Lately, I have been forced to slow down and look at the ground more (to avoid falling over a lot), that has led to noticing a lot more of the small and unnoticed flowers that grow here. I don’t have any idea whether most of these are native plants or not, I don’t know what they are called at all, but they are beautiful. I thought I would share the beauty with you. If you know the names of any of these little beauties, leave a comment.
And a few from my garden (I know what these ones are).
In some ways, I am grateful for my dizzy spells; they have let me slow down and really see all the beauty that surrounds us again. On the other hand, it will be wonderful to be able to move around fast without falling over again too.
There are three people living in the humpy at the moment; one can’t eat eggs, one won’t eat eggs, then there is me. We have 8 laying hens, about 6 laying ducks and 2 laying geese; we collect about 8 eggs a day, or about 66 eggs a week. If you compare both sides of this scale you can see that a lot of eggs get wasted, and I hate waste.
I do attempt to use all our eggs, but have failed miserably in the task so far. Some of the methods we use are;
Fried eggs on weekends (for me)- this uses up about 4 eggs a week
Trading them to friends for veges- about a 12 a week
Using them in baking – about 6 a week
Making quiche (not every week)- about 8 a week
Giving them to a friend with an incubator- about 6 a week
All that gives me a total of, at most, 36 eggs used. I did freeze 2 dozen for use when they all stop laying, but that was a temporary reprieve. I don’t want to sell eggs (too many regulations) and most of my friends have chooks and are in the same predicament as I am (but if you live close and want eggs let me know, especially duck eggs).
So, to address some of the extra eggs, I went looking for egg recipes that could be made then frozen. That way we use the eggs and I have another meal that can be heated up for dinner. This is what I found;
Scrambled eggs, beans and sauce in a burrito; love the sound of this one.
I’m not going to try all these recipes in one day (I do hate to cook), but I think I can manage one each weekend. That should fill the freezer with breakfasts, lunches and dinners for the first frantic weeks of school.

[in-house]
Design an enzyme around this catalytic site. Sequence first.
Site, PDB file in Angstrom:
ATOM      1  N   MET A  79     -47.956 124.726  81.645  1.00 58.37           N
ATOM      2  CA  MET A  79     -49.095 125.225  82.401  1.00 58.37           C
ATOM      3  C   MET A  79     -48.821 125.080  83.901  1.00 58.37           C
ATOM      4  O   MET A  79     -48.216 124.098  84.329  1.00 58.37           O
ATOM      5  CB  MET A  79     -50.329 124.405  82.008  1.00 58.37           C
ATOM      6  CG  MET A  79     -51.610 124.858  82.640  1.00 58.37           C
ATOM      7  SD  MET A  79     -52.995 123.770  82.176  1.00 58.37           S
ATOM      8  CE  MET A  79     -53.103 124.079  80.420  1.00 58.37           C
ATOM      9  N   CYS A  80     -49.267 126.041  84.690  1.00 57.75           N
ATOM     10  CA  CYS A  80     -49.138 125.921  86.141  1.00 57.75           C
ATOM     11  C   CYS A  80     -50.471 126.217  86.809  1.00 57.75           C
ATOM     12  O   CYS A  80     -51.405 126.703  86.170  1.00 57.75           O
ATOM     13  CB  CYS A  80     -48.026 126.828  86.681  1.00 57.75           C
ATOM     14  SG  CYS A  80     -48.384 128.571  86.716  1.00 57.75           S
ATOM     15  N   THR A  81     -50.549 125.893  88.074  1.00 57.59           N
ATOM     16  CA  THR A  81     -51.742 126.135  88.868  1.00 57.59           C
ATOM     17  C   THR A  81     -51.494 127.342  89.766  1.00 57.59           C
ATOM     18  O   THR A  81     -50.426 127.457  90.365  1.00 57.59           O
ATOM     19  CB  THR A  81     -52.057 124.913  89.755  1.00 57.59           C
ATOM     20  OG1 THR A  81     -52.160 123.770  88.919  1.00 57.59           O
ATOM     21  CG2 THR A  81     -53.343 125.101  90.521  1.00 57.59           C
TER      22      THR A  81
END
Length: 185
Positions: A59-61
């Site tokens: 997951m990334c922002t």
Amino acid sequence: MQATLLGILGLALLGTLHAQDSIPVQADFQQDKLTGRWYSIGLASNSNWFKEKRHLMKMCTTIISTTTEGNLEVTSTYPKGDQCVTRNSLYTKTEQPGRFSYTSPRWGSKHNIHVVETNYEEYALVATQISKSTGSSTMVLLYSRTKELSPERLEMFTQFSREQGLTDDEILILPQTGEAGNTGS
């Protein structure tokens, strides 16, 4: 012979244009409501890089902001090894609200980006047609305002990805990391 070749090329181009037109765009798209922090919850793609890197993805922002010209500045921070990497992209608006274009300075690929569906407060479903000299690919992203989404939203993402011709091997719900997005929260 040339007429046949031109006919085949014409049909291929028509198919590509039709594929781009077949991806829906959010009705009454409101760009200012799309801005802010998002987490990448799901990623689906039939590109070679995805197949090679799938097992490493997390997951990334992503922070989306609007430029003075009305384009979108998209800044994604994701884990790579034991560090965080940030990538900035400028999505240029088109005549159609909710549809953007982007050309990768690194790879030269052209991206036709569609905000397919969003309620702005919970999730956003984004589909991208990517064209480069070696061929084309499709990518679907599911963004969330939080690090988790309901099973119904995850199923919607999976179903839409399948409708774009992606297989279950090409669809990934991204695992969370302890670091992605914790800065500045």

We also take some of the excess eggs out to the edge of the firebreaks for the goannas and possums. In these dry times all our native animals are searching for food and water. The sheep water troughs and the occasional water tray around the outskirts of the humpy provide water for wildlife and the excess eggs provide just a little nutrition for struggling beings.
I know this sends a mixed message; we don’t want goannas in the house yard and the possums can be very destructive too. I do it because I can see a day, not too far in the future, when animals that are common now will be rare and endangered. I do it because I don’t want any being to suffer and if I have the means to ease suffering, it is my duty to do it. I do it because I love to see the variety of animals who show up to take advantage of the free food.
I love being outside; the sound of life busily happening all around me, the smell of flowers, hot earth and animals (even poop), watching animals and plants doing what they do and the feel of the sun and wind on my skin. At this time of year, if you live in a humpy, there is a lot to do outside which apparently keeps me healthy and will prolong my life.
This clip just confirms what I knew all along. I bet you did too.
It’s that time of year again; eggs, fertility (rabbits) and planting seeds. The spring equinox is one of two times in the year when day and night are of equal length, this day marks the middle of spring (for the planet not the calendar). It is the time for birthing lambs, first chickens hatching and summer vegetable crops being planted.
It’s that time of year again; the snow drops are flowering, so is the hardenbergia in the bush. The chooks are laying and looking for nest sites. All my seedlings are coming up and I have an urge to plant more than we could possibly eat; it must be spring. At the start of spring we hold the festival of Imbolc; it is held when the first snow drops flower and celebrates the return of life and heat to the land. We also have a bonfire, an outdoor meal and lots of mead.
snow drops…or snow flakes; I can never remember which is which and they flower at the same time.
I thought it was about time I introduced the Humpy. We moved to our bush block in 2008 and built a shed after living in a tiny caravan for three months with two teenage girls (incentives to build galore). Unfortunately my partner discovered that three walls will hold up a roof and deemed that to be shelter enough. Since then we have successfully built a lot of ramshackle animal housing and got a few creature comforts for ourselves too. Have a browse through the early days of the Humpy.